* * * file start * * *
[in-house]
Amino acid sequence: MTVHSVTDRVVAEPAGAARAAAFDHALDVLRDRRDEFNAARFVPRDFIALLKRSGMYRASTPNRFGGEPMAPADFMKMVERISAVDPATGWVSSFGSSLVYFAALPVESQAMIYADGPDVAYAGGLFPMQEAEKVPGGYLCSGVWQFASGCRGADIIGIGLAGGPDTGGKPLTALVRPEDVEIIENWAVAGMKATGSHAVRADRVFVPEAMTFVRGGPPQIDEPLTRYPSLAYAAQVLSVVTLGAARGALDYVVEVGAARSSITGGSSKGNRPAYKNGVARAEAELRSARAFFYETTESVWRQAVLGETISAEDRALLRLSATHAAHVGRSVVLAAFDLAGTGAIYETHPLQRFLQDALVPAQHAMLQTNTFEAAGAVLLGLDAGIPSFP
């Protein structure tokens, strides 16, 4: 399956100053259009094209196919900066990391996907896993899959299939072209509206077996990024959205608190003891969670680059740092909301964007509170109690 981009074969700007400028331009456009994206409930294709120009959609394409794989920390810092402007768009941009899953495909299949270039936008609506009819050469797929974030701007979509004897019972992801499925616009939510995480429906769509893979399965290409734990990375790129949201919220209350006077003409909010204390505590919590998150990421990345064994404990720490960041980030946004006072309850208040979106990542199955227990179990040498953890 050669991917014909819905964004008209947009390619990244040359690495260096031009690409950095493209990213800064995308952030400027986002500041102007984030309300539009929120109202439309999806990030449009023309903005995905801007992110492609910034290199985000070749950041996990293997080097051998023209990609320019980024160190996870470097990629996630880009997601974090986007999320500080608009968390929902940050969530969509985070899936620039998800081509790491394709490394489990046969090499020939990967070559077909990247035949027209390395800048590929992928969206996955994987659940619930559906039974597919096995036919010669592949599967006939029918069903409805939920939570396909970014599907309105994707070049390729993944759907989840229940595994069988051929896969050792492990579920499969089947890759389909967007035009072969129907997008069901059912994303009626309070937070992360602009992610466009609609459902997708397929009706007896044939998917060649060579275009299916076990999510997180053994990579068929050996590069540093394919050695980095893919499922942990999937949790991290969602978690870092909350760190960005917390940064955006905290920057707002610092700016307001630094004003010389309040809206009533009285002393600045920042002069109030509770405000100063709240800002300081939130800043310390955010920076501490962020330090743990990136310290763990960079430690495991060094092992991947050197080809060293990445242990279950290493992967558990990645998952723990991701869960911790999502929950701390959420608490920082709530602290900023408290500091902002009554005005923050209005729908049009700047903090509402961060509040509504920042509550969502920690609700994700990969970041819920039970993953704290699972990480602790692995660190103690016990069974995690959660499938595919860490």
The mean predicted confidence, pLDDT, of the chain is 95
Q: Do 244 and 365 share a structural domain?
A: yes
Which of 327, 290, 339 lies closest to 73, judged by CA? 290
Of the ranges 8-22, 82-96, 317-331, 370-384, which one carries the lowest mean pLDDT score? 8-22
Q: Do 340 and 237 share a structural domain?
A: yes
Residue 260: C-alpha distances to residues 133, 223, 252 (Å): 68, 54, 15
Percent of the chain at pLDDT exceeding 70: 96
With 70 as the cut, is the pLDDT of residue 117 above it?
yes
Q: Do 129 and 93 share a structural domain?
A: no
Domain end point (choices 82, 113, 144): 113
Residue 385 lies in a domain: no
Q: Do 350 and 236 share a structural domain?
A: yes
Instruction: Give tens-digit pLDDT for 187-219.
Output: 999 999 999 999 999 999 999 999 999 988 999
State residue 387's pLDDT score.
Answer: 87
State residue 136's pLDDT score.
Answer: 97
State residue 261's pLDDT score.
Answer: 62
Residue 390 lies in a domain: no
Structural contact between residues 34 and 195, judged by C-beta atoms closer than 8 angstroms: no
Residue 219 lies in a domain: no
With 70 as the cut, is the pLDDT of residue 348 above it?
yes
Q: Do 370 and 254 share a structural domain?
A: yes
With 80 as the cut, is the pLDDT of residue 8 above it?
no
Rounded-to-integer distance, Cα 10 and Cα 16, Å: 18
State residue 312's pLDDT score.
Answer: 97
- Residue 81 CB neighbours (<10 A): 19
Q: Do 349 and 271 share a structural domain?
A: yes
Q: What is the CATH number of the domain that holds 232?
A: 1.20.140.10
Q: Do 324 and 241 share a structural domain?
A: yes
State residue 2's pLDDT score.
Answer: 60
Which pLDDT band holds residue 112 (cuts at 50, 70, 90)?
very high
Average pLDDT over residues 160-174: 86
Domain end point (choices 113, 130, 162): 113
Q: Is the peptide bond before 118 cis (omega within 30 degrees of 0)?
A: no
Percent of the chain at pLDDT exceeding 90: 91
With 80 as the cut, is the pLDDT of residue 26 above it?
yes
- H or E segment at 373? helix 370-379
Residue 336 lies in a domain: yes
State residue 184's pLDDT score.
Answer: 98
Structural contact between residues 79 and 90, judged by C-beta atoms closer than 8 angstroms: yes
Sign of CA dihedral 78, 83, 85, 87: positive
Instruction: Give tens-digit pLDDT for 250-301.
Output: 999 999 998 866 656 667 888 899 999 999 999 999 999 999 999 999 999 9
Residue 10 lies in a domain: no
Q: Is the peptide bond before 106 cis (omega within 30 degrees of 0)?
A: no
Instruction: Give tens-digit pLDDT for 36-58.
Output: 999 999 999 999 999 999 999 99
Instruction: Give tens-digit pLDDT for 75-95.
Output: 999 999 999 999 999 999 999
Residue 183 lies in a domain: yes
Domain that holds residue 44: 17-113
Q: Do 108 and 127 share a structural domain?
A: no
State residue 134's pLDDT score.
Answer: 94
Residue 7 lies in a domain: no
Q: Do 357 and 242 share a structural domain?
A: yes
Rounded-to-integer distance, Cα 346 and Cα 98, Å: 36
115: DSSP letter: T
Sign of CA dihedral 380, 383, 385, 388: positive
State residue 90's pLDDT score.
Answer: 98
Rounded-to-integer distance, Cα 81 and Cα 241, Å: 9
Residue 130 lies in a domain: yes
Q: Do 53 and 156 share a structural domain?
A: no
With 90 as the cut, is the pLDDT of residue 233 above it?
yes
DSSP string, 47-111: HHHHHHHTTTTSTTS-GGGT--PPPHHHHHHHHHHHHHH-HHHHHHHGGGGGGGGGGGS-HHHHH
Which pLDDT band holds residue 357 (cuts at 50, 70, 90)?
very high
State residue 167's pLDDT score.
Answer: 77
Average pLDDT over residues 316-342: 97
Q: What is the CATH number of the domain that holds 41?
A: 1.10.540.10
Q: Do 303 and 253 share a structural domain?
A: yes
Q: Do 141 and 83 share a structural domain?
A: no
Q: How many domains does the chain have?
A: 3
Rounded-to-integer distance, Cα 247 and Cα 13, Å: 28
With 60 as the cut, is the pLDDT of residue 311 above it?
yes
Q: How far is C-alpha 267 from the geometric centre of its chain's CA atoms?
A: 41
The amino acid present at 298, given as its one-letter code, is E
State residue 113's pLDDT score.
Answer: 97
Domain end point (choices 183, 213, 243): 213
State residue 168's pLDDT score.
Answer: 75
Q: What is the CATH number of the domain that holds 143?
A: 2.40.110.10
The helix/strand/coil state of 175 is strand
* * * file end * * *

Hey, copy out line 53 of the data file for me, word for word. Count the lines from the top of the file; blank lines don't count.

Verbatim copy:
Domain end point (choices 113, 130, 162): 113